7th Pay Commission Gains: Time To Restructure Your Investments

By | July 29, 2016

7th Pay Commission Gains

The 7th Pay Commission restructured the salaries, arrears, and other benefits of government employees. This means more disposable money in the hands of a huge number of employees serving in government and government-run units.

The stock markets too rose in anticipation of more money in the market resulting in improved demand and thus business.

An infusion of money into your current budget is welcome. It gives you the freedom to indulge yourself a little more. But it also gives you the opportunity to boost your investment portfolio.

It is imperative for employees benefiting from the 7th Pay Commission to restructure their investment and insurance options to make the best use of increased salary and arrears. Long-term goals such as retirement funds, increasing insurance cover, and planning for future expenses and major life events should be your priority.

Traditional pension schemes may not be able to tackle inflation, therefore it’s important to put away a little more money in smart investment options that would help your corpus grow quicker. The burden of a comfortable retired life rests with you, and therefore you must keep track of your investments to get more bang for your buck.

In this article, we will discuss some financial investments you could go to.

Public Provident Fund: If you had been considering opening a PPF account, now may be a good time. Most investors opt for the EPF (Employee Provident Fund) because their employers make this selection for them. But the PPF is an equally good investment tool – one of the safest and smartest options for conservative investors. Its interest rate has been recently reduced to 8.1% from April 2016. What that means is that an annual investment of Rs. 1 lakh for 15 years would create a corpus of Rs. 31 lakh.

Mutual Funds: Mutual Funds are one of the best available investment instruments. There is a plethora of funds – one for every investment need or risk appetite. For conservative investors, you have pure bond funds that invest in risk-free high-grade bonds launched by corporates and the Government and its agencies. For aggressive investors, there are pure equity funds, which invest heavily in the stock market. There are funds that fall in between those two extremes: balanced funds, for investors who want to take advantage of high market returns but also want a degree of safety. Young investors should invest in equity. Investors in their late 30s and 40s can think of balanced funds. People closer to retirement age should go for bond funds.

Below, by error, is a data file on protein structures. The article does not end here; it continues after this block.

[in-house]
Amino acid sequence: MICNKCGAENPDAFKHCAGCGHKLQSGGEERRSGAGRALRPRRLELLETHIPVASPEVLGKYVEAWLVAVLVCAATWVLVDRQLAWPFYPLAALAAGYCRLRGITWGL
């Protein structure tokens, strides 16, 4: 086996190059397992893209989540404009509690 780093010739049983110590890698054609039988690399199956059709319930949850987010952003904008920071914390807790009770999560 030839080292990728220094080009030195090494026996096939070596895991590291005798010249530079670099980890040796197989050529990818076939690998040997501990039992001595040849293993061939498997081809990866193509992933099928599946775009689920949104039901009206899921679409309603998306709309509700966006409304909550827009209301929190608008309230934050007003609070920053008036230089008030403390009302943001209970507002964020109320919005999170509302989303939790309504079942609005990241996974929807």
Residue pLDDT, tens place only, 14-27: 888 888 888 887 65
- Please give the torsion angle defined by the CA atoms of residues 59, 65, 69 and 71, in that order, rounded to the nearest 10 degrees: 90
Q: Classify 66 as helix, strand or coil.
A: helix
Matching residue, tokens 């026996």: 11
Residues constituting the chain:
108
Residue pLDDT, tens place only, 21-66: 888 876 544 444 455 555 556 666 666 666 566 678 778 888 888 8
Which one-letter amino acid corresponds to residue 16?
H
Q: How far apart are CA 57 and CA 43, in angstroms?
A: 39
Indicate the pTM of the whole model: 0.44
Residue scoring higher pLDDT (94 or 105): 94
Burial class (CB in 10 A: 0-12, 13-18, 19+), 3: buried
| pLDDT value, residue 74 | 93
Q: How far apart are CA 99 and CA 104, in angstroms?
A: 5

Insurance: With a bump in your pay, you should also look to upgrade your insurance cover, or at least get some cover if you haven’t already. Your search for insurance should start with a life and health cover. Make sure you have policies that adequately cover you and your dependents in a manner that does not strain the family’s finances in the event of your death or illness requiring hospitalisation.

Gold: The shiny yellow metal is a great investment tool during times of economic certainty. The growth of the world economy does not inspire confidence in long-term growth of the stock market. Gold may not always provide explosive growth but is considered to be one of the safest long-term investment options.

Settle your debts: An increase in pay is a great opportunity to rush towards settling existing debts. If you are servicing long-term loans for home or car, it may be a good time to increase your EMI or make principal pre-payments in order to reduce your debts. Doing so would prepare you for any situation where you are not in a position to pay your EMIs in a timely manner.

Any investment comes with its own risk and investors must be aware of them. Most investments that have potential to give high returns (such as equity) could also result in major losses. At the same time, investments with low risk provide consistent moderate returns and safety of capital. Choose your investment as per your risk profile.

Additionally, your investment horizon plays a part in the return. Any investment that is associated with equity (such as equity funds, or balanced funds) tends to fluctuate in the short term but may give good returns in the long run.

For assets such as bonds and bank deposits, the returns are usually fixed and do not get affected by the investment horizon. A few of them have lock-in periods, though. Understand the lock-in period and the penalty associated, if any, before you close the investment.

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